Wednesday, April 13, 2005

Concert Review: The Wonder Stuff, Metro, April 12

Miles Hunt has managed to alienate some people in his lifetime. As mentioned in my previous post, two former Wonder Stuff members are pissed off that he's using the band name without them. In introducing a song at last night's show at the Metro, he related an anecdote that involved mutual acquaintances describing him to a friend using an epithet that rhymes with his last name. One imagines that his caustic wit his cost him some friendships over the years, but it's that same caustic wit that makes him such a distinctive lyricist. However, biting words aren't enough to captivate attention, as I learned catching his solo shows about six years ago. For that you need a full band, and Miles brought them along with the re-formed Stuffies. (He got encouragement from Joe Strummer. Who's to argue?)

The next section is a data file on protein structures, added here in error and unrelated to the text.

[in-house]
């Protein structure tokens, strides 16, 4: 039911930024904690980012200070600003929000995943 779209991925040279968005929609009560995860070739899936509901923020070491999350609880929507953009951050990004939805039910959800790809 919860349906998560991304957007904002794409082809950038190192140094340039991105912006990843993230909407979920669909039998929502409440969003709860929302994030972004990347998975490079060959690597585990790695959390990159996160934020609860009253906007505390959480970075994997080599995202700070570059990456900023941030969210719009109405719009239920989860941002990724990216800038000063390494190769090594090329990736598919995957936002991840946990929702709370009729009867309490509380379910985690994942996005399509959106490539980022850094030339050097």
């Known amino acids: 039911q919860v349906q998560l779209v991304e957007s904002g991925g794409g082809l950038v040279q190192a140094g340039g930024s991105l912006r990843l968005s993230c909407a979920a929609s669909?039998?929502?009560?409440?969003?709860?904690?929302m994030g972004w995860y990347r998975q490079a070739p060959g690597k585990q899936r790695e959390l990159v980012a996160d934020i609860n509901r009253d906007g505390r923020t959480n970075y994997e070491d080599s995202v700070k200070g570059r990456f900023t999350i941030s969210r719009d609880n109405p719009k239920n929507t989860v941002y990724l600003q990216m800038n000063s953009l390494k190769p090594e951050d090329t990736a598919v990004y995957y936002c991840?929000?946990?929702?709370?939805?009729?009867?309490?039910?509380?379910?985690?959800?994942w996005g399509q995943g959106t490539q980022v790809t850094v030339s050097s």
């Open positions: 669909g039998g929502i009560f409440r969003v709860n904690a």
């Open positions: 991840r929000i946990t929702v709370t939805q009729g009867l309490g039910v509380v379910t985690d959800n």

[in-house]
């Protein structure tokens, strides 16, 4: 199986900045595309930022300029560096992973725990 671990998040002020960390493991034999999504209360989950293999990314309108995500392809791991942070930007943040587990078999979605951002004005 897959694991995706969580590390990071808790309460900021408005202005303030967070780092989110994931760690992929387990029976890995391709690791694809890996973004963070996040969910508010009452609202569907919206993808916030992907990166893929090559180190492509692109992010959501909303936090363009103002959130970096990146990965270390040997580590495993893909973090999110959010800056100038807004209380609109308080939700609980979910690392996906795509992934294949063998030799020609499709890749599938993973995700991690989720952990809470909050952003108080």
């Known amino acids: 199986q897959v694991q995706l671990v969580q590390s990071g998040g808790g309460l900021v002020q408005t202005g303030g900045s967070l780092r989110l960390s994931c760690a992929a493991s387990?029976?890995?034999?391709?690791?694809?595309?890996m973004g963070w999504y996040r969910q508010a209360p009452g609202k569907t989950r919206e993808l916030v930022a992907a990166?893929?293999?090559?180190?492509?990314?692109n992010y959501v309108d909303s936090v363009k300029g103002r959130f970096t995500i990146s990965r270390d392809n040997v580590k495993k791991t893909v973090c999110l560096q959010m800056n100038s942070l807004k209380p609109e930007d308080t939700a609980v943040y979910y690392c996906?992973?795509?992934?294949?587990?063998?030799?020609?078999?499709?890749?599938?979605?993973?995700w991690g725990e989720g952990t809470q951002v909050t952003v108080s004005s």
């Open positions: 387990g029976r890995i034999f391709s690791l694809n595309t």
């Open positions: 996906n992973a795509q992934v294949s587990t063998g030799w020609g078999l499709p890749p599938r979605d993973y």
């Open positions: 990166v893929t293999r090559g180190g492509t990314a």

As four burly security guards lined up in the no man's land between the stage and audience, I thought, "That's awfully optimistic." The band were never terribly popular in the U.S. even at their peak 15 or so years ago, and it's not exactly like their reputation has grown since then. In other words, I expected a small, aging crowd. What I didn't expect was that I wasn't the only one to have memorized the lyrics to Eight Legged Groove Machine or how well both the material and the band have held up. Miles and fellow founder Malc Treece were having a blast and were energetic performers, tearing it up on guitars and vocals. The new recruits on bass and drums had little of Miles and Malc's chemistry but were sufficiently talented.

With the reincarnation of the band, they are taking nothing for granted. Miles joked about the apathy with which their latest single was greeted in the UK, especially compared to the chart heights they reached in their heyday. But it's hard to call it pandering when they were singing things like, "I didn't like you very much when I met you/And now I like you even less" and "Radio Ass Kiss on the air." The show was a revelation, that the Stuffies really were just as good as I remembered them, and that it's unfortunate that so few people latched onto their galloping insult-a-thon on the first go-round.

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